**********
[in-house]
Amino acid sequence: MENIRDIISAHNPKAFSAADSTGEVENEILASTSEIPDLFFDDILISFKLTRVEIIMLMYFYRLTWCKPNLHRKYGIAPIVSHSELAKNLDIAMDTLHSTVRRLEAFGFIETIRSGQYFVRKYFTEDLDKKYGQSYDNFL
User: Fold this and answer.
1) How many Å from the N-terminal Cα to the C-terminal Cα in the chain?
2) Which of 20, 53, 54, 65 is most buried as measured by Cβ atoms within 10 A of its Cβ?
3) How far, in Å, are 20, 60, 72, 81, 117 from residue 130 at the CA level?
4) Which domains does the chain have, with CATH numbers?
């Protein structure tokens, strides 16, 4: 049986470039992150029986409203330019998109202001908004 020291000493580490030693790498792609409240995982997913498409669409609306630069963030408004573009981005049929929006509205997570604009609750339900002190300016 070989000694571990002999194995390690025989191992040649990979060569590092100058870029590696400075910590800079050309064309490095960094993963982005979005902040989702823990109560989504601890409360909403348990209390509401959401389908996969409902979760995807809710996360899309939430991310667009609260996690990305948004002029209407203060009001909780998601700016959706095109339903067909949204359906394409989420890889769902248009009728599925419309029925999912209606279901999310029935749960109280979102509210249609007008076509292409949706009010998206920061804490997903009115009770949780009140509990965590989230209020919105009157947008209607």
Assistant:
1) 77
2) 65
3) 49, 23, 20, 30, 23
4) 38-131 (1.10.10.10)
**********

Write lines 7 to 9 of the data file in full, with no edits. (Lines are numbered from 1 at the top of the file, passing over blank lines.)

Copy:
4) Which domains does the chain have, with CATH numbers?
């Protein structure tokens, strides 16, 4: 049986470039992150029986409203330019998109202001908004 020291000493580490030693790498792609409240995982997913498409669409609306630069963030408004573009981005049929929006509205997570604009609750339900002190300016 070989000694571990002999194995390690025989191992040649990979060569590092100058870029590696400075910590800079050309064309490095960094993963982005979005902040989702823990109560989504601890409360909403348990209390509401959401389908996969409902979760995807809710996360899309939430991310667009609260996690990305948004002029209407203060009001909780998601700016959706095109339903067909949204359906394409989420890889769902248009009728599925419309029925999912209606279901999310029935749960109280979102509210249609007008076509292409949706009010998206920061804490997903009115009770949780009140509990965590989230209020919105009157947008209607």
Assistant: